Traveling to and existing in the beautiful white expanse of the West Antarctic Ice Sheet has been a dream since childhood. Now, back in my daily life, holding onto the experience is like holding onto ice that will inevitable melt or sublimate away. All I can do is watch as it morphs in my brain from a series of complex and layered memories to more concrete, but remote stories that can be stored and recalled as I sift through ideas to visually express “the place of white”.
Back in the studio, these memories are requiring a bit of processing, so to speak. Prior to my trip south, I was creating drawings of Northwest glaciers (see Easton Glacier, above). Now, I am making lots of sketches and experiments to flesh out my Antarctica “field notes” into more developed work that carries the thread of the previous drawings, but hopefully captures this place.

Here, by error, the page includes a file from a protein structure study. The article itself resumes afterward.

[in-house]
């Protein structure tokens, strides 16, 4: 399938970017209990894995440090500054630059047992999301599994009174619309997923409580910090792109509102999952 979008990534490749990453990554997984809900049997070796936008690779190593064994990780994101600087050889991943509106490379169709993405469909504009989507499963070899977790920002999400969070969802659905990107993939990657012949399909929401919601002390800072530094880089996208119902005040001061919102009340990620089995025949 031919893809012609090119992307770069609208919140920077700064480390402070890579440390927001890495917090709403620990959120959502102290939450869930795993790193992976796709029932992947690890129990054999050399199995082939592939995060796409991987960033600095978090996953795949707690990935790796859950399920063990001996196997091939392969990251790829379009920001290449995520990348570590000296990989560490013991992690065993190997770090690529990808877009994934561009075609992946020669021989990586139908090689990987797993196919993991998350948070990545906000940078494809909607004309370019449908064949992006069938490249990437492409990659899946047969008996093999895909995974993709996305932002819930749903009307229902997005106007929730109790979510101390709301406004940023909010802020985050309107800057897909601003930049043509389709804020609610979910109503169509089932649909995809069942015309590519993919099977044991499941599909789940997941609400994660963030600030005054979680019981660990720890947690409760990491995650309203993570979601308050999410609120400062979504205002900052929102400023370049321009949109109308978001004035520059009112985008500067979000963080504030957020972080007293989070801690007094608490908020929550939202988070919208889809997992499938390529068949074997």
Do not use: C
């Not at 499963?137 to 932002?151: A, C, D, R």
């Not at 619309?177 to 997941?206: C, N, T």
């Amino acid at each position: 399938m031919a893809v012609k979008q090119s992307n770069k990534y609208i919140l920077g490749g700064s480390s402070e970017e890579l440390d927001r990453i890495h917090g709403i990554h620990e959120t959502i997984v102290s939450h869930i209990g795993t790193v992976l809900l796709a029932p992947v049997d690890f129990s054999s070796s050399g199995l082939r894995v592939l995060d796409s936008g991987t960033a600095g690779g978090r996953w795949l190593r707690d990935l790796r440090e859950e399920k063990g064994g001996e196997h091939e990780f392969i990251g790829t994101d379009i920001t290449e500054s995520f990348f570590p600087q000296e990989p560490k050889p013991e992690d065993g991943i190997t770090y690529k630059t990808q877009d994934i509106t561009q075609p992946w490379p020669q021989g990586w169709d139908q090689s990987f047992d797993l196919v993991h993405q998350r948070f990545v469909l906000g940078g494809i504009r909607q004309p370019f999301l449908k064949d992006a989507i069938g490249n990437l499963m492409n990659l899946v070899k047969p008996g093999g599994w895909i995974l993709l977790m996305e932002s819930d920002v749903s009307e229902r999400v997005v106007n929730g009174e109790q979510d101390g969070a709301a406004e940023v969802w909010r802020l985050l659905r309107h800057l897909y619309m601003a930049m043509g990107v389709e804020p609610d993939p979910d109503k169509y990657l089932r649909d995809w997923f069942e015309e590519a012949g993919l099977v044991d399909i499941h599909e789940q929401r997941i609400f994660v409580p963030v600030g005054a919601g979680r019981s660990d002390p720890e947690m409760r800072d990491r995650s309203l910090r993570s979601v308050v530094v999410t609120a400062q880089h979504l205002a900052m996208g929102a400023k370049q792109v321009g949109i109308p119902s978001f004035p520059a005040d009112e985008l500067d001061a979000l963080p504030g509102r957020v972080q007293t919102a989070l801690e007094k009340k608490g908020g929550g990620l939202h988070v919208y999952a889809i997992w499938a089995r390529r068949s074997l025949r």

It is a bit terrifying to venture into such unknown territory. The white space is so unlike the dirt and bark of my previous subjects. It requires me to pay attention to what is really important about making new work. Are artists required to stay within boundaries defined by previous work, or are we free to explore any media and marks that express the new ideas? And where is the balance between continuity and monotony?